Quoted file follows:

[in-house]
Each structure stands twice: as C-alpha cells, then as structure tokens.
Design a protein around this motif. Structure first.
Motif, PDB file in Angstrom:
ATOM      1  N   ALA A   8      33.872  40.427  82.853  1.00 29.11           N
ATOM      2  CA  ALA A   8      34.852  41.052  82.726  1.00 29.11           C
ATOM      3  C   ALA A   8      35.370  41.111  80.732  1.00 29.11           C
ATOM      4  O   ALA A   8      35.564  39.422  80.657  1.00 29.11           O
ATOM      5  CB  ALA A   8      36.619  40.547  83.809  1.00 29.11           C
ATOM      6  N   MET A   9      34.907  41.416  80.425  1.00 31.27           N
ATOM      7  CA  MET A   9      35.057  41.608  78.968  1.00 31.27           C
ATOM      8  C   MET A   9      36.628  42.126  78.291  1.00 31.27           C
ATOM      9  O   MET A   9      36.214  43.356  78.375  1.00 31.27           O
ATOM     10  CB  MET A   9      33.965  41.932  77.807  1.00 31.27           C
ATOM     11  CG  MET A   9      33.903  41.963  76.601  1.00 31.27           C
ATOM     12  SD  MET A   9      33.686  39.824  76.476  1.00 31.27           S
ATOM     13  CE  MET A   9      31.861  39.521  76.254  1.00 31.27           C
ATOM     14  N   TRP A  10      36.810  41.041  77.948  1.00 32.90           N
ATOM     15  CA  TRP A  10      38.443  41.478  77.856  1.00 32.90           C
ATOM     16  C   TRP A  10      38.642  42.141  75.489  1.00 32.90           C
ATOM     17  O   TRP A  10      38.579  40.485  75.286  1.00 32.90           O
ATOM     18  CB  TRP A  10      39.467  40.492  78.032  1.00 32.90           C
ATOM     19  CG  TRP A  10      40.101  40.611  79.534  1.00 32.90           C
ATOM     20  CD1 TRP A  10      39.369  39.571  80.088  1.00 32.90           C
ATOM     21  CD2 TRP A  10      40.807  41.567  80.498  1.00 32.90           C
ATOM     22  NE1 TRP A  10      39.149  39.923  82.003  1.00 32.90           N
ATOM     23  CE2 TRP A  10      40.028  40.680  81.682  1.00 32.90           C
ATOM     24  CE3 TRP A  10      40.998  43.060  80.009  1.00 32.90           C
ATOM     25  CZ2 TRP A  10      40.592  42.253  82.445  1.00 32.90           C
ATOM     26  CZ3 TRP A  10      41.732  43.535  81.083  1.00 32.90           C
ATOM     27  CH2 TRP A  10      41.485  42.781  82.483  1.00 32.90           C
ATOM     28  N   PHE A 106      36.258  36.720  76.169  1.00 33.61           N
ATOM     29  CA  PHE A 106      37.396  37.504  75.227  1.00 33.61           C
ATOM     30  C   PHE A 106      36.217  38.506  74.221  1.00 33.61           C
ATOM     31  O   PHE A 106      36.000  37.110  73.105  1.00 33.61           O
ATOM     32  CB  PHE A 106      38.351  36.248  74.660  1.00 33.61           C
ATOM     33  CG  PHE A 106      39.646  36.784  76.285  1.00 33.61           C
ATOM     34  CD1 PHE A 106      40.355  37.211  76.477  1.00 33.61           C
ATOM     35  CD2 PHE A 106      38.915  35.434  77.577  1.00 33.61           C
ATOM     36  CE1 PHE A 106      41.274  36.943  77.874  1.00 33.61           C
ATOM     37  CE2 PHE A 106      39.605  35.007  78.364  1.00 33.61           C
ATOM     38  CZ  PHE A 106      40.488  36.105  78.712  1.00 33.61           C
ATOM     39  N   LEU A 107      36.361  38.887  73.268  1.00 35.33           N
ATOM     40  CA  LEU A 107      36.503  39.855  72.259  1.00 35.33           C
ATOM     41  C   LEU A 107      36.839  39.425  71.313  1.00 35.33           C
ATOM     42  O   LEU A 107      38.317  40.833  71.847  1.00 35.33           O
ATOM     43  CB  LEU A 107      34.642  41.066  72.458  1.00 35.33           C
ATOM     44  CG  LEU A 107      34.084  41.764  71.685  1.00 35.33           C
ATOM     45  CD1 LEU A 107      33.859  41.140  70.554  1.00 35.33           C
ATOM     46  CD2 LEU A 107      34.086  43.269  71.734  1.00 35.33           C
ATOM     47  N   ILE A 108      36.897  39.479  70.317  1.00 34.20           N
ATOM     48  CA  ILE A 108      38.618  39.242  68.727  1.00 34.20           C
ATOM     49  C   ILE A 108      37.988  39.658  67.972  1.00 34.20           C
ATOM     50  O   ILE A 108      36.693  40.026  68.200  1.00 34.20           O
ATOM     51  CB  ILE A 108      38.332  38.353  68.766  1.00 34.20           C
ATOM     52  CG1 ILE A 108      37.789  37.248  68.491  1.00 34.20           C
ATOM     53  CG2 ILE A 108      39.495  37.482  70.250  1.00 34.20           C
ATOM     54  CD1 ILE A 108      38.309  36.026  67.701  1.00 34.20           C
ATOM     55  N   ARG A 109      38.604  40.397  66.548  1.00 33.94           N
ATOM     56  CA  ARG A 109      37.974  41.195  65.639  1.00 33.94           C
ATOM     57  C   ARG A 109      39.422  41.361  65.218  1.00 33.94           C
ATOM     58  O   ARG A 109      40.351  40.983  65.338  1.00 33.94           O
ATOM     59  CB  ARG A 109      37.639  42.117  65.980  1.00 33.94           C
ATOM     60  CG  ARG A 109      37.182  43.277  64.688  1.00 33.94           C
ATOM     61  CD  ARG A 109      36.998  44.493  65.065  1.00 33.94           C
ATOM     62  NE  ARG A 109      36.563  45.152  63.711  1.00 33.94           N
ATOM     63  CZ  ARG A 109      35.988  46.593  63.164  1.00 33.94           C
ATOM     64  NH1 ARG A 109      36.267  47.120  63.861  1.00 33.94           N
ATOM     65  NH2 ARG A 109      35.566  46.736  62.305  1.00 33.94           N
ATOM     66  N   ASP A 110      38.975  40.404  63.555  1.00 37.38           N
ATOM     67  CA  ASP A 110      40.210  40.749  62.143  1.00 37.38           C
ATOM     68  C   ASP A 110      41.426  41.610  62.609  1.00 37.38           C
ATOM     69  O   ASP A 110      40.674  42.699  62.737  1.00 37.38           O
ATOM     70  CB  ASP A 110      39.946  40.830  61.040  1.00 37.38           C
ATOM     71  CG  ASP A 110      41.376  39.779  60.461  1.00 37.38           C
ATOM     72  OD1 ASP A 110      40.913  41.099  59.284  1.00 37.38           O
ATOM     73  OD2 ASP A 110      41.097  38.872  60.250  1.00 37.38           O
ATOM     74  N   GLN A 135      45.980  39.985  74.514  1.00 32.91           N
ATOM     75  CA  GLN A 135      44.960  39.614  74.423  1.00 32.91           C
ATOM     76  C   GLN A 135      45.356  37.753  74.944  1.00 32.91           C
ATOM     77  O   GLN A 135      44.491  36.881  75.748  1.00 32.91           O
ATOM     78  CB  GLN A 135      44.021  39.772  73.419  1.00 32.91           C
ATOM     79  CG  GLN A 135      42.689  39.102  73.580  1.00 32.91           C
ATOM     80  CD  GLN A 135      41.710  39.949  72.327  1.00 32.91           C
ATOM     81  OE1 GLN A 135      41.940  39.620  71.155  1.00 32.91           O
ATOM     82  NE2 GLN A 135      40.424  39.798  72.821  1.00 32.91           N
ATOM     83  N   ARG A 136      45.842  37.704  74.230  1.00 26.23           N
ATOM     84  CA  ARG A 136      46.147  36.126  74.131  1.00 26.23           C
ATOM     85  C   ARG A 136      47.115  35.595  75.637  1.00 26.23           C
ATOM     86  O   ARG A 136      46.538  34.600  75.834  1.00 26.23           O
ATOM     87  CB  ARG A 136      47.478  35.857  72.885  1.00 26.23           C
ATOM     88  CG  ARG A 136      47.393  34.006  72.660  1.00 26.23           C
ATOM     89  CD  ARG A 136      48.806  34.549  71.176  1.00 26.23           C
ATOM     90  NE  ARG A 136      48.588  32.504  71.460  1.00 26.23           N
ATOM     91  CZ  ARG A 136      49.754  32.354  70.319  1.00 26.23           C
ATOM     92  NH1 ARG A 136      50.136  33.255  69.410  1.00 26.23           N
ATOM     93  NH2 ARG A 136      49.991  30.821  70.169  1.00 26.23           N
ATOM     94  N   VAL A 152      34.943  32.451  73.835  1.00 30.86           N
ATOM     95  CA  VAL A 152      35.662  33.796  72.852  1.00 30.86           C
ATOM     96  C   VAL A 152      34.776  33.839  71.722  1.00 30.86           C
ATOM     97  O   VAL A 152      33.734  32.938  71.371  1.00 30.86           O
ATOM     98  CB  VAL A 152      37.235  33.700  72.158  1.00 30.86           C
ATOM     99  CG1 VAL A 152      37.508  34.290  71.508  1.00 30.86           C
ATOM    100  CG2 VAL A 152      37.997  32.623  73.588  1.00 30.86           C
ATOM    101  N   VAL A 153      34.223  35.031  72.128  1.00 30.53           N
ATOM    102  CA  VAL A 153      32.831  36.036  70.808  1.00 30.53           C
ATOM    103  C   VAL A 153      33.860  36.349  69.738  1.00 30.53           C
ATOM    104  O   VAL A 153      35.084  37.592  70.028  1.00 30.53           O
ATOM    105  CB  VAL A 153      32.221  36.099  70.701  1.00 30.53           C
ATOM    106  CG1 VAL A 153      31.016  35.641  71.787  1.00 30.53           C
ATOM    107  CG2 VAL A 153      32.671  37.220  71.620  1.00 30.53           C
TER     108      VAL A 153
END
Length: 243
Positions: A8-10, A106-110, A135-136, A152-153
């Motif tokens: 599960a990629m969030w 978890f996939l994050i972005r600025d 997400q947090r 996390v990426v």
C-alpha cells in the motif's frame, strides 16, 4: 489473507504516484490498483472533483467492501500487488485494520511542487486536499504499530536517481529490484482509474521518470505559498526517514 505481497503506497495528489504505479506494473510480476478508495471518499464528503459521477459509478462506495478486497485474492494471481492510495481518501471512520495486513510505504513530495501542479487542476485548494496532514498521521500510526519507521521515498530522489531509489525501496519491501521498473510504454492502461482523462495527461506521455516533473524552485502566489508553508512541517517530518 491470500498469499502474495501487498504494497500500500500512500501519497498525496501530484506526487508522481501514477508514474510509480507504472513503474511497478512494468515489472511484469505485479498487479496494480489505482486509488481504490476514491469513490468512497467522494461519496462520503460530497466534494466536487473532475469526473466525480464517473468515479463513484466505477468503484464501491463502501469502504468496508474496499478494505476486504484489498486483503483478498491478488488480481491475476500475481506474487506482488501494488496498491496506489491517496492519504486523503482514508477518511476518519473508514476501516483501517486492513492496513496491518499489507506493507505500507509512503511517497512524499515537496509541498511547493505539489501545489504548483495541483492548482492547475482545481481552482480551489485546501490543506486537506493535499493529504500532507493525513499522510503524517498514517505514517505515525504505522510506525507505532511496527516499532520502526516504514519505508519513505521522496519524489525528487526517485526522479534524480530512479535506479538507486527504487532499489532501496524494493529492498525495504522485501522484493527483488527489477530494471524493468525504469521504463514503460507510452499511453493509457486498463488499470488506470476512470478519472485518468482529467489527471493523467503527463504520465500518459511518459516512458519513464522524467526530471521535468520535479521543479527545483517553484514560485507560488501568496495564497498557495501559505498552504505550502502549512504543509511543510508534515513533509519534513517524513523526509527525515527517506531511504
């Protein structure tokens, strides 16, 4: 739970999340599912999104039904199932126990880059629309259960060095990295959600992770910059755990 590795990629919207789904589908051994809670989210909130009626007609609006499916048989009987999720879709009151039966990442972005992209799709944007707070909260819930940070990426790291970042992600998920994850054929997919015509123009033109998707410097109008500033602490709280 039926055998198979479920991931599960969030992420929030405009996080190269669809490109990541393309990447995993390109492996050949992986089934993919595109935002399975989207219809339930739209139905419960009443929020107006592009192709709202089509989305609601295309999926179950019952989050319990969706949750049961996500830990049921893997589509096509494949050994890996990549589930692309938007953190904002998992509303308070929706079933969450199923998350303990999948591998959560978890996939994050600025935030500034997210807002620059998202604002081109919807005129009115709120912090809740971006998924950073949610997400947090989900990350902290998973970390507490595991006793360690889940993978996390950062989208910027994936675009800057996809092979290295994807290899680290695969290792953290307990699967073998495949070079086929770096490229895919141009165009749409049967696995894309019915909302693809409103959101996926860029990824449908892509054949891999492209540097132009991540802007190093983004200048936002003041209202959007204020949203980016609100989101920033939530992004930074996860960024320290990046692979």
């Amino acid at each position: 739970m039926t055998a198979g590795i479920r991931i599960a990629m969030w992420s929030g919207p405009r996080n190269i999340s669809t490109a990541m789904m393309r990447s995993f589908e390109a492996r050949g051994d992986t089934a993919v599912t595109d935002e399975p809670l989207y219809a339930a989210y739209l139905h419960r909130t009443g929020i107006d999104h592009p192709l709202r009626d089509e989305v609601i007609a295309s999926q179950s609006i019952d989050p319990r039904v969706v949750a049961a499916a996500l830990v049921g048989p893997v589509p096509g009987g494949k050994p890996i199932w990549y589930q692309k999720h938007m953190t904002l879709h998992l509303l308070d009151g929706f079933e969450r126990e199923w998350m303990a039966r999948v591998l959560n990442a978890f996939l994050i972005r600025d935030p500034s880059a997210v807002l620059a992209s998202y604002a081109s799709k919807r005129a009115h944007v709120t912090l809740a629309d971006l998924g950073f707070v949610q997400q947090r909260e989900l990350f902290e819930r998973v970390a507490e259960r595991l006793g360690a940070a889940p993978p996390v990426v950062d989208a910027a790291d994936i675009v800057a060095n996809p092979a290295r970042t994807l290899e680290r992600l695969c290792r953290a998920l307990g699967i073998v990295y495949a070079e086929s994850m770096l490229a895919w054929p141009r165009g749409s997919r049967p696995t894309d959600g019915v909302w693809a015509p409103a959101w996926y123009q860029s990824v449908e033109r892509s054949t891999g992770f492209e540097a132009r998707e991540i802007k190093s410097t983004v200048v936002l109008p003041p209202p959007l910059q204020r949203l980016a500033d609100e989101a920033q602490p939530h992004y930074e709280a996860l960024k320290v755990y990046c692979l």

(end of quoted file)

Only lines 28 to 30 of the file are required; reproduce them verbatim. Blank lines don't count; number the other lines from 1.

ATOM     24  CE3 TRP A  10      40.998  43.060  80.009  1.00 32.90           C
ATOM     25  CZ2 TRP A  10      40.592  42.253  82.445  1.00 32.90           C
ATOM     26  CZ3 TRP A  10      41.732  43.535  81.083  1.00 32.90           C